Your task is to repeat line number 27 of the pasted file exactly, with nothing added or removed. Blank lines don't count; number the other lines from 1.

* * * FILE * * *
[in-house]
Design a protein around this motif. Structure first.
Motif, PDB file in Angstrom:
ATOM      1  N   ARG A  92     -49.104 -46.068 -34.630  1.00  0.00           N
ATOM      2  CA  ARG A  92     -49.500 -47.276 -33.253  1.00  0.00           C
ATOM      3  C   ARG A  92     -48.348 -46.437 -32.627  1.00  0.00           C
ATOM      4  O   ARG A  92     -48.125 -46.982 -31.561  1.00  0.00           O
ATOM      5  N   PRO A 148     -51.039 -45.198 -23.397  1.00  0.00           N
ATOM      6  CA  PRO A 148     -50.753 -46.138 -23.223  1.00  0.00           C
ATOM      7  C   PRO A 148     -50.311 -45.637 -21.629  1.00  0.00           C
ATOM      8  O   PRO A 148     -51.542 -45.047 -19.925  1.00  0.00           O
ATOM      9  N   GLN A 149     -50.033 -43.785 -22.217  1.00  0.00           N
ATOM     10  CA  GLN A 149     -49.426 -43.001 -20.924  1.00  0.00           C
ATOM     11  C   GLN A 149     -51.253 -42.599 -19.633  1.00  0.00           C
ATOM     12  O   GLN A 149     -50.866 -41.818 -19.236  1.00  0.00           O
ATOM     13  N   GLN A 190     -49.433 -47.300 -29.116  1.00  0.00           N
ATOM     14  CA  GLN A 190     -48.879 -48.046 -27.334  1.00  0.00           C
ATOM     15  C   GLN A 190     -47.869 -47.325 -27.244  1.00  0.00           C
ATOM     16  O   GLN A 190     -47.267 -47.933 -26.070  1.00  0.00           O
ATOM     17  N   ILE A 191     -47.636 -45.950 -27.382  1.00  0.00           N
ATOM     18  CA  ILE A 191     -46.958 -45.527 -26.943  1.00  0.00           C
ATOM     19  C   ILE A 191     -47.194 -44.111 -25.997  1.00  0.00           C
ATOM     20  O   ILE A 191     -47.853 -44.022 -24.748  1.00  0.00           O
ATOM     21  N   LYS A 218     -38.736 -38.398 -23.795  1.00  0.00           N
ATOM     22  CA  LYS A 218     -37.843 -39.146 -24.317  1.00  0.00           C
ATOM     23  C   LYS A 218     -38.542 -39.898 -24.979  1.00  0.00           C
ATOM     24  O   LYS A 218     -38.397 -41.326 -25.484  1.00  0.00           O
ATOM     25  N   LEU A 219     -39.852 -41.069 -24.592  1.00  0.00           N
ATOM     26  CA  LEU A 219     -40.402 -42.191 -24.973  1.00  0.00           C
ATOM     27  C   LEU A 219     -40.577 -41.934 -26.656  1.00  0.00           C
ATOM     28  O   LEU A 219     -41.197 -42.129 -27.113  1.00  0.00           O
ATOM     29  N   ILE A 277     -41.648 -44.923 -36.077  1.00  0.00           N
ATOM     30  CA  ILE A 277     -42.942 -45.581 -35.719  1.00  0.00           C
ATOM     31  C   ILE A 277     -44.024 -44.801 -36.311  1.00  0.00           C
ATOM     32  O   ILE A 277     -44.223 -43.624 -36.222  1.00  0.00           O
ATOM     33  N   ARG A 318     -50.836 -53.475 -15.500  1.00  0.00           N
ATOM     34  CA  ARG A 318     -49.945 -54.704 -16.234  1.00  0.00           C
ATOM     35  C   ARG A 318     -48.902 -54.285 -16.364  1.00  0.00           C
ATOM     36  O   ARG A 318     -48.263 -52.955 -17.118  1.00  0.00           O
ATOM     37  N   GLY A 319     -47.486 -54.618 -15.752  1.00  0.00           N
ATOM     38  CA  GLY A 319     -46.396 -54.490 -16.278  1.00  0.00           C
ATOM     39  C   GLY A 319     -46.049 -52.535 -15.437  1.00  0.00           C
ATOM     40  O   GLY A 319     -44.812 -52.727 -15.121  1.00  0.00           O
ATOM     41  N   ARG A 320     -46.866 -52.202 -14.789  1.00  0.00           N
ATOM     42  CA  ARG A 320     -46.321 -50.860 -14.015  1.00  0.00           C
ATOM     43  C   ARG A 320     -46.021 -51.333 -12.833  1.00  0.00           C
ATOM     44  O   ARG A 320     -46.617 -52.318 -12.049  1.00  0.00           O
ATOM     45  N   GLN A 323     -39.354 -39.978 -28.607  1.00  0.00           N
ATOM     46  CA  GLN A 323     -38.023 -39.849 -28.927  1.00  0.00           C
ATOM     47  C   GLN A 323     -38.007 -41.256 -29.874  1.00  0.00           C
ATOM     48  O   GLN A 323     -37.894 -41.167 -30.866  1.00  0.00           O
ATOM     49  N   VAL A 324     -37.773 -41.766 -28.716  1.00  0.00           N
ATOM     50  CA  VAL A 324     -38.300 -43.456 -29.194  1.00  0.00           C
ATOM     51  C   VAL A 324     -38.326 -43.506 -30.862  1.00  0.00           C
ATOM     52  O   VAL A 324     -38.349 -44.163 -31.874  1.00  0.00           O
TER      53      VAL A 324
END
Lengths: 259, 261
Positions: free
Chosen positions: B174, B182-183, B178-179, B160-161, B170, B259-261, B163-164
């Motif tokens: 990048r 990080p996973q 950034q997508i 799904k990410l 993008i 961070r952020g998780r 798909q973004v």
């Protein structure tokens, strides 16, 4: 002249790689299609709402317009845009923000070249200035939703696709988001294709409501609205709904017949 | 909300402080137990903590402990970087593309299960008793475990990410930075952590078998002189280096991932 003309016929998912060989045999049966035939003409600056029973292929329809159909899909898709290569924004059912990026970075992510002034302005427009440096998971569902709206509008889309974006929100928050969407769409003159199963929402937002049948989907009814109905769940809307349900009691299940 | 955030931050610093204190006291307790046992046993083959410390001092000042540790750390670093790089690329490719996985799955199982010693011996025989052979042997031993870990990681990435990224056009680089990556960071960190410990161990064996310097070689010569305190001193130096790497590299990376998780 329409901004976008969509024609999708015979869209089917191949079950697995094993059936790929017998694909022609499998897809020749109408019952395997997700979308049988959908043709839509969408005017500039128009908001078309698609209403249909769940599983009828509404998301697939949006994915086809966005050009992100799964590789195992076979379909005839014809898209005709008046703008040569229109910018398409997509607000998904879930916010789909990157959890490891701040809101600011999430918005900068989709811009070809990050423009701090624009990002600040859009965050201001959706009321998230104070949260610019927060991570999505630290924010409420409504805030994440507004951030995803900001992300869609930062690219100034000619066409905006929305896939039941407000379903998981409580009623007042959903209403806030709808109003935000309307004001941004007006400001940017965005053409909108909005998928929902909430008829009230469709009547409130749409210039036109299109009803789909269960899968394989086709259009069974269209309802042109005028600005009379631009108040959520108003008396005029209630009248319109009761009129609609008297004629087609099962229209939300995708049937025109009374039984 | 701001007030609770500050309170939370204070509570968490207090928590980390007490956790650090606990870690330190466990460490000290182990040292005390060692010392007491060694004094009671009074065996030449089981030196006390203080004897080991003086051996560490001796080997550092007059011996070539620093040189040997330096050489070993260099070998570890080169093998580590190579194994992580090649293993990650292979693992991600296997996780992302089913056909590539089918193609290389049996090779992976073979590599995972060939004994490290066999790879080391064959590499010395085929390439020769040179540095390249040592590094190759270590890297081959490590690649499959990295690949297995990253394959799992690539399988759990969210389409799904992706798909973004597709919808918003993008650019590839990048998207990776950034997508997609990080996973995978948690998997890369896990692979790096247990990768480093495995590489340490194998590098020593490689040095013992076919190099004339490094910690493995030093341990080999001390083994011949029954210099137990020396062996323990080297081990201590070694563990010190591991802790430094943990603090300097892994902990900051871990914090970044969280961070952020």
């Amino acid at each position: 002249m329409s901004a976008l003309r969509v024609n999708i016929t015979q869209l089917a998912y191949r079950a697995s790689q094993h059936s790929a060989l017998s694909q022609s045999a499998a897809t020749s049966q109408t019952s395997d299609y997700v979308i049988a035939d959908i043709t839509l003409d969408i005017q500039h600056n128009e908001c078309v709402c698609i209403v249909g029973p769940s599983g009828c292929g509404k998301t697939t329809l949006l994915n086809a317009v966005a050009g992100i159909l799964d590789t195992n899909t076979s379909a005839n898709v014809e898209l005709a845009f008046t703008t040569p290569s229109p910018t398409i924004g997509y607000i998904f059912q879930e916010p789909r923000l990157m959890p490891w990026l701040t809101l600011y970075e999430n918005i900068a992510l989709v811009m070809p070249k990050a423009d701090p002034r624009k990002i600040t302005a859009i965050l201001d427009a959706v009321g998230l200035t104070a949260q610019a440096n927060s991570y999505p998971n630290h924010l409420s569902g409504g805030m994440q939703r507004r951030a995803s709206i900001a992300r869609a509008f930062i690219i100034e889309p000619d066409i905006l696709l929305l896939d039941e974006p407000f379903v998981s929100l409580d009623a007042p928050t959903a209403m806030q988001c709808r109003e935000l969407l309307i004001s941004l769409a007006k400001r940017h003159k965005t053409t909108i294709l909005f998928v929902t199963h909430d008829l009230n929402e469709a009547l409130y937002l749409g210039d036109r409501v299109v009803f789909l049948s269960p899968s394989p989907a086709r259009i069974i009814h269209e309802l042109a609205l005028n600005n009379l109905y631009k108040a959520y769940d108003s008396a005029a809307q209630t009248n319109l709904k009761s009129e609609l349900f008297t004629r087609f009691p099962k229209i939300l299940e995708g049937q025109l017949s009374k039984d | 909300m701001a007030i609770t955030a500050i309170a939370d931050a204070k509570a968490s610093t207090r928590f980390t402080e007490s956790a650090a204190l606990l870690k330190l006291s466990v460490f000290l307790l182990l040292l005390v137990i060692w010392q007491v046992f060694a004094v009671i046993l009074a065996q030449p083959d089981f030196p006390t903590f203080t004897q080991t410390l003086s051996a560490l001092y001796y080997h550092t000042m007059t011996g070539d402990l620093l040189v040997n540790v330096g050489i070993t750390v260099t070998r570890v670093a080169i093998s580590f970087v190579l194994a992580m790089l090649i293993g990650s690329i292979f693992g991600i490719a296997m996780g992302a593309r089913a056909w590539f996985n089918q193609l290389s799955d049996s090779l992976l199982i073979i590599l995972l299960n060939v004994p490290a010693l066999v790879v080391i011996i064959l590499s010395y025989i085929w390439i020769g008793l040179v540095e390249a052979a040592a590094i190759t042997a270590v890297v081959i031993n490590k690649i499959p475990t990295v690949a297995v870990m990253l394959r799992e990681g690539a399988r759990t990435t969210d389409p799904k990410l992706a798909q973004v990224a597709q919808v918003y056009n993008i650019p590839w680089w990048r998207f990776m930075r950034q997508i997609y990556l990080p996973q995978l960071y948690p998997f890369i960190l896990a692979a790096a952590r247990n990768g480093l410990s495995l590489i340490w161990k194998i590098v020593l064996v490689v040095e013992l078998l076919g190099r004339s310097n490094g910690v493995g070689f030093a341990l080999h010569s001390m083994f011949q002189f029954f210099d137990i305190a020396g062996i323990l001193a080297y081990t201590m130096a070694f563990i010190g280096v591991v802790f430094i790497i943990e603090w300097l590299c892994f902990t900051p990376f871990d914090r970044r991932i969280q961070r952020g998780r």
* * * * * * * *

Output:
ATOM     24  O   LYS A 218     -38.397 -41.326 -25.484  1.00  0.00           O